How does the law recognize a body? Maybe this is a strange way of phrasing the question, but it’s important. The law is an anthology of verbal abstractions. But unless it affects people where they literally live, inside their skins, in their physical existences — unless it can dictate or restrain action and movement, unless it can tell them what to do — it might as well be a romance novel you pick up in the airport. This doesn’t mean seeing bodies biologically; it means seeing them as what they are, points of touch and tension between psychology and culture — as ways of experiencing the world. The law’s description of, its recognition of your body, needs to be one you can recognize and experience yourself.
Bodies have to acknowledge the law when it calls them. That’s a predicate of the state’s legitimacy. But the law also has to acknowledge them, to call them by name. This mutual recognition, intertwined with claims to power on either side, is basic to the way this modern world keeps running.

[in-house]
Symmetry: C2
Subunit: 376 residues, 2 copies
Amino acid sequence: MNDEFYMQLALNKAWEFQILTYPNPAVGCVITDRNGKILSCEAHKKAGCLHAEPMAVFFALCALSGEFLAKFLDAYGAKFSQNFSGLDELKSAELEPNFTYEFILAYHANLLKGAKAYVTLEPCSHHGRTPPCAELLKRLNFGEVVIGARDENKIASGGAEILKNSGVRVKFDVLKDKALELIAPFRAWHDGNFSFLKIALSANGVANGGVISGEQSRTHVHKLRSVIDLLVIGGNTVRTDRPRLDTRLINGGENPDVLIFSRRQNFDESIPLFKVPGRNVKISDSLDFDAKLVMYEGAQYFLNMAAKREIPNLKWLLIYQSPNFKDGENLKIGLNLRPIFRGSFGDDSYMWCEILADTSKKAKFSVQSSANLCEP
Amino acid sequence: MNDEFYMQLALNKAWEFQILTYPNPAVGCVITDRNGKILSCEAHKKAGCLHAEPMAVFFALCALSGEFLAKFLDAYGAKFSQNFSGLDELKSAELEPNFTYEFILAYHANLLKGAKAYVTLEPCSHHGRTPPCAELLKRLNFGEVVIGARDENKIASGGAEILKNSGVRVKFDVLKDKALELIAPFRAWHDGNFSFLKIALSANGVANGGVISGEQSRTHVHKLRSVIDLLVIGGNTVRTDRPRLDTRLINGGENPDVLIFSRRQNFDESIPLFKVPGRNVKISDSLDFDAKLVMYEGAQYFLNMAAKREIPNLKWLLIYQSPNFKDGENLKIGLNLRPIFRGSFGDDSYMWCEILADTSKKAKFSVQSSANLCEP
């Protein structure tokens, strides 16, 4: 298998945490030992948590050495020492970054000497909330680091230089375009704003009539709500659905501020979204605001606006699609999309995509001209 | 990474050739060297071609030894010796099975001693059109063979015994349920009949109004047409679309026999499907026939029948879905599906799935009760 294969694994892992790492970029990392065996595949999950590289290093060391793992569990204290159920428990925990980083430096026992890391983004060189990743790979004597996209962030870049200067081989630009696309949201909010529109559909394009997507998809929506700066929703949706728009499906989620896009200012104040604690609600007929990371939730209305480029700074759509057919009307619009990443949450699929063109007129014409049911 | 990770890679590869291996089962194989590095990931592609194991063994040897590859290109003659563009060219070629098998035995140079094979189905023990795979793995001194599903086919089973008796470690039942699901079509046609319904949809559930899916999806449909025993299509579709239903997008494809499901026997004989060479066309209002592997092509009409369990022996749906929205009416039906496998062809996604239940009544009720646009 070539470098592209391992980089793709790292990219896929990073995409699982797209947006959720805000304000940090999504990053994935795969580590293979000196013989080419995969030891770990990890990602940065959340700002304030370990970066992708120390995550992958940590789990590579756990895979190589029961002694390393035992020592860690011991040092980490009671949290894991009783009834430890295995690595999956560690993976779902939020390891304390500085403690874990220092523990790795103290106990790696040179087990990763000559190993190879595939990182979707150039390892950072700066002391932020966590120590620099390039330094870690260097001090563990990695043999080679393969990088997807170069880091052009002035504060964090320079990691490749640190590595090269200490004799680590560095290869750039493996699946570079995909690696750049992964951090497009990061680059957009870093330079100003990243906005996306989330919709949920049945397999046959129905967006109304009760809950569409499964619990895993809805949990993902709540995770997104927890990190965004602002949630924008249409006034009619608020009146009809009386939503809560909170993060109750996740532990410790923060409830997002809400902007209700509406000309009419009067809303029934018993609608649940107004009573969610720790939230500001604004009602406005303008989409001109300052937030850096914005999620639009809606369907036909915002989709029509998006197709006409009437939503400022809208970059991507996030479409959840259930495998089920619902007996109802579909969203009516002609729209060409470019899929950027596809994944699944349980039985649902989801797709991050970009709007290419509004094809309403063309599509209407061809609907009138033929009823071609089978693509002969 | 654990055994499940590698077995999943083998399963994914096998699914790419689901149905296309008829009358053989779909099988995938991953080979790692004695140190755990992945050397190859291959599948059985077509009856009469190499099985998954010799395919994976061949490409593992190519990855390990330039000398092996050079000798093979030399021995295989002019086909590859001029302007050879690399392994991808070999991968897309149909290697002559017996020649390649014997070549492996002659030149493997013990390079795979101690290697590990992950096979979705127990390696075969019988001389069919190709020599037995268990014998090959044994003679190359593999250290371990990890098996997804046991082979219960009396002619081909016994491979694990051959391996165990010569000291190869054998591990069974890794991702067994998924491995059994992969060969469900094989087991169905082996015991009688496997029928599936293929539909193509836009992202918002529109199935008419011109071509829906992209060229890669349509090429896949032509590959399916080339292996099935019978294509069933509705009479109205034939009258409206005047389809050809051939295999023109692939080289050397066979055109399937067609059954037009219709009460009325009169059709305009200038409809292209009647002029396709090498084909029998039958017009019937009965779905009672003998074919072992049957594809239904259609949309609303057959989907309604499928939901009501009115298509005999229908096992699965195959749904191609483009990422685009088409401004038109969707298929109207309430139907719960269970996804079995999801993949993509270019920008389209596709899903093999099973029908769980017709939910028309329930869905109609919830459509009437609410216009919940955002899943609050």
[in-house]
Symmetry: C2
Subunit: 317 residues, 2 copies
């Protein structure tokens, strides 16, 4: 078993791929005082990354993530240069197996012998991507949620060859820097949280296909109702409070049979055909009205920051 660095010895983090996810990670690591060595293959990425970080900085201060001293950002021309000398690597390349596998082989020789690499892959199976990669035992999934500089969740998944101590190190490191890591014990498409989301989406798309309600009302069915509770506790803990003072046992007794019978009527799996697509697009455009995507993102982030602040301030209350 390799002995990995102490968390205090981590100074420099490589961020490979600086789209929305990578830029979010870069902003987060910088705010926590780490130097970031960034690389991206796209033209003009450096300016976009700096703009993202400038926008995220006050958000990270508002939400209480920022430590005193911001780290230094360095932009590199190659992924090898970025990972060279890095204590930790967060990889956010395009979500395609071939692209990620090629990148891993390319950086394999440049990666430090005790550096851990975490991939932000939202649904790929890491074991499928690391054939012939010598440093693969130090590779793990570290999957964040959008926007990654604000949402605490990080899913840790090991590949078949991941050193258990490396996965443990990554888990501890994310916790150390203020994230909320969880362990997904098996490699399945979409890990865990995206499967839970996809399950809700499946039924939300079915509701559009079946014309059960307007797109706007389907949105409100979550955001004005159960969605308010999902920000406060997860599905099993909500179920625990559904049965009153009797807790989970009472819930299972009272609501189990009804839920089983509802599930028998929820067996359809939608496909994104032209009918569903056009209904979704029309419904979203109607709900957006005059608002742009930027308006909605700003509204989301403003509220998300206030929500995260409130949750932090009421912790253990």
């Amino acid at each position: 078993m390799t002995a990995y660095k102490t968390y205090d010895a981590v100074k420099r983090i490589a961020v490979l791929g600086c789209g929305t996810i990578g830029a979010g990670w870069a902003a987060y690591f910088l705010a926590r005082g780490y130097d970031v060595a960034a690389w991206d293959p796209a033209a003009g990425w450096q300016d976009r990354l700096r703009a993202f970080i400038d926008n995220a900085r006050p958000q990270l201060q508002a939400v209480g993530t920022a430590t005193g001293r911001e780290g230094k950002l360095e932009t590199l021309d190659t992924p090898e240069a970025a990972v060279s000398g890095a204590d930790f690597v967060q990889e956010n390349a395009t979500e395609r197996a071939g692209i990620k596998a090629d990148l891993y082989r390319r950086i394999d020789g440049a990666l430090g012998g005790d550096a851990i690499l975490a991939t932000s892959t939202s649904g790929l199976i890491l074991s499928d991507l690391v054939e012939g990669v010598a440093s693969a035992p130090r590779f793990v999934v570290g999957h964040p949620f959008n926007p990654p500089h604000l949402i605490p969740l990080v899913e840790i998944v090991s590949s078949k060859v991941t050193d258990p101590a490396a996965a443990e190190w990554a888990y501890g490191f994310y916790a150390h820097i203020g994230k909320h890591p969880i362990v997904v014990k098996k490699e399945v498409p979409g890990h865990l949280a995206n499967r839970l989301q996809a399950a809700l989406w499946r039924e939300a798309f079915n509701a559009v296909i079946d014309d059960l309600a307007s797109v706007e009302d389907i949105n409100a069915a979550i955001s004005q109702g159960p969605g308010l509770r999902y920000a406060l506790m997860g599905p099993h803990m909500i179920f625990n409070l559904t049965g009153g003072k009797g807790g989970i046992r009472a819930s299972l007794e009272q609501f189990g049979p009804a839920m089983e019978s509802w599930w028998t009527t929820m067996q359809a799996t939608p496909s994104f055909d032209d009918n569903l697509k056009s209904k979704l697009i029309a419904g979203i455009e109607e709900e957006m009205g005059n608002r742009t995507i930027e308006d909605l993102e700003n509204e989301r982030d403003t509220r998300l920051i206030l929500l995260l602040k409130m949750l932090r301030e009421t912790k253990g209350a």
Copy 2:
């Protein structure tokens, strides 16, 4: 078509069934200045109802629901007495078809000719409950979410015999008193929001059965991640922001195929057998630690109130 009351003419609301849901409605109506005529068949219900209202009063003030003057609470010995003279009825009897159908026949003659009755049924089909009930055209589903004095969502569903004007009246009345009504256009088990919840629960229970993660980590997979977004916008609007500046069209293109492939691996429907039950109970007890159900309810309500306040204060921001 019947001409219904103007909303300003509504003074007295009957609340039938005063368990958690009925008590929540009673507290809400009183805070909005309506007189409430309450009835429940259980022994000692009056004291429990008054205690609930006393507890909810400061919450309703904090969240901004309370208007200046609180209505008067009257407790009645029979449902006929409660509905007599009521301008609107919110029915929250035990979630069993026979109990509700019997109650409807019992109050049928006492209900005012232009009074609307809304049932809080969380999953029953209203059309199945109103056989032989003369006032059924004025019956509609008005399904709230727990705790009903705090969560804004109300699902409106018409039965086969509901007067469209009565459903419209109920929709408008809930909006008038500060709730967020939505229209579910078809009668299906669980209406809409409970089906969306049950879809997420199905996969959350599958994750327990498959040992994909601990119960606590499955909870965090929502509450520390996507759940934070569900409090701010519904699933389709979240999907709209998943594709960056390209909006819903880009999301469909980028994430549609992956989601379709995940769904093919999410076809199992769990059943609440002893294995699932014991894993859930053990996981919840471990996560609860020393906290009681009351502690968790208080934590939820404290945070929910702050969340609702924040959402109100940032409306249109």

Sweden is a country where the law doesn’t see certain bodies unless they’ve been modified with a knife.
In Sweden, you cannot change your legal gender unless you are sterilized: unless you prove to the state’s satisfaction that you cannot reproduce. In 1972, the Parliament passed legislation making Sweden “the first country in the world to institutionalize sex reassignment and sex reassignment surgery by law as the treatment of first choice for transsexualism.” The language there (from a Swedish study) suggests how deeply medical the underlying ideology and the resulting process are.
In Sweden, legal recognition isn’t a right, nor, strictly even the end result; it’s merely the byproduct of a “treatment” where bodily modification is the goal, and the institutions that do the -izing are those of medical power. (The National Board of Health and Welfare oversees the procedures and decides on the change. )
In following years, other states mimicked this requirement, including Germany, the Netherlands, and Turkey. Rationales for it have been rare. Trans activist Stephen Whittle writes
at the 1993 XXIIIrd Colloquy on European Law which concerned ‘Transsexualism, Medicine and The Law’, Professor Michael Wills of the University of Berne, who writes extensively on European law and transsexualism … took the view that “sterility [of the transsexual person] must be absolutely certain and permanent” . . . before a full recognition of gender change is afforded in law, but he does not explain his reasoning: it is presented as a natural “common sense” assumption. A common sense assumption that appears to be prevalent in any legal discussion in this area by those who are not actually members of the transsexual community.